On his side,
Gaunt and white,
Pillow between his knees,
My father, the almost living.
With breathing tube,
With peeing tube,
With stomach feeding tube,
Watched over by blinking lights and tired nurses.
Scribbled on the wrinkled charts:
“Recurrent aspiration pneumonitis,
Spindle cell carcinomatosis, and
The insidious “medically resistant infection.”
His other son fought,
Raging against institutional care-takers,
Like George, against the dragging of feet,
The invisible reluctance,
The faceless, officious letters,
“This subscriber is no longer eligible for….”
That other insidious disease.
Fight, brother, fight
Against the lying,
The lack of trying, the denying,
The final dying.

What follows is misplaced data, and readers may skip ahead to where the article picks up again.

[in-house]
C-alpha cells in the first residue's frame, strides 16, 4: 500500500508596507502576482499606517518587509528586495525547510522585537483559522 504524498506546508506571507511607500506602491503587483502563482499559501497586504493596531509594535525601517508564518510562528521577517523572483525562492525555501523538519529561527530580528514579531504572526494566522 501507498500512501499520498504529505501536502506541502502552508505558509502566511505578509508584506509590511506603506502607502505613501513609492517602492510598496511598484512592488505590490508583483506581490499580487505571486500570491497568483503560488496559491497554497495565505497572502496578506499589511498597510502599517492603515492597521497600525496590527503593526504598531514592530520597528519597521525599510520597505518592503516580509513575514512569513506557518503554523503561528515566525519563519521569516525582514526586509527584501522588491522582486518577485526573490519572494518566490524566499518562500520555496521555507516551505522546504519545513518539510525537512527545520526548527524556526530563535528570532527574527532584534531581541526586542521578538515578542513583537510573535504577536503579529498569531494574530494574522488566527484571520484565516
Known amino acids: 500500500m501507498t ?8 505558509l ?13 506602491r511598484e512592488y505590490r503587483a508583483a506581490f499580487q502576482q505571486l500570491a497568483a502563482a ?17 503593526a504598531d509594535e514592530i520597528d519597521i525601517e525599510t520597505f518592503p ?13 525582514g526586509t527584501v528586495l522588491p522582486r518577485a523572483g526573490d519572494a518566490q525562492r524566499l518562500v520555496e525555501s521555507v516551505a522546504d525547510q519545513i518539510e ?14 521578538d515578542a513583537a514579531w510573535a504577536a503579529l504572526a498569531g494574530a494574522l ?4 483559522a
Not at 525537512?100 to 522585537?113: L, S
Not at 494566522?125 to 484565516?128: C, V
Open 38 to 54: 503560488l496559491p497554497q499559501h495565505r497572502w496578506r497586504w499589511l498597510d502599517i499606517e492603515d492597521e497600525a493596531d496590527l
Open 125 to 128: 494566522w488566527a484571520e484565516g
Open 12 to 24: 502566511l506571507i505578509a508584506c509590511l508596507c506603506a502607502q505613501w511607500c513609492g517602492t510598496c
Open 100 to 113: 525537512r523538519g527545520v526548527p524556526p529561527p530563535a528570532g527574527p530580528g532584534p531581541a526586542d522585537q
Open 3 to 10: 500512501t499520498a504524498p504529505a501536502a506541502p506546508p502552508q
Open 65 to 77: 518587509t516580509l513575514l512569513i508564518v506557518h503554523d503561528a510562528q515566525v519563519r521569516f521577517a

Now, the perfection of death;
Who are we to interfere?
“His kidneys are failing.”
“His legs are numb.”
“His breathing is shallow.”
Now the foretold choking.
I hold his hand, still warm;
Life goes and cold calm comes,
Not a torrent, but gentle drip,
The flow and ebb,
Reversed from before his 87 years began.
The gift of death to the age-ridden man,
The miracle of death for the distracted eyes,
No longer following or seeing.
The gift of death comes
To his quiet face,
Smeared and faded like an old photo.
The beauty of silent machines
And empty tubes.
“He is gone.”
The perfection of ended life.
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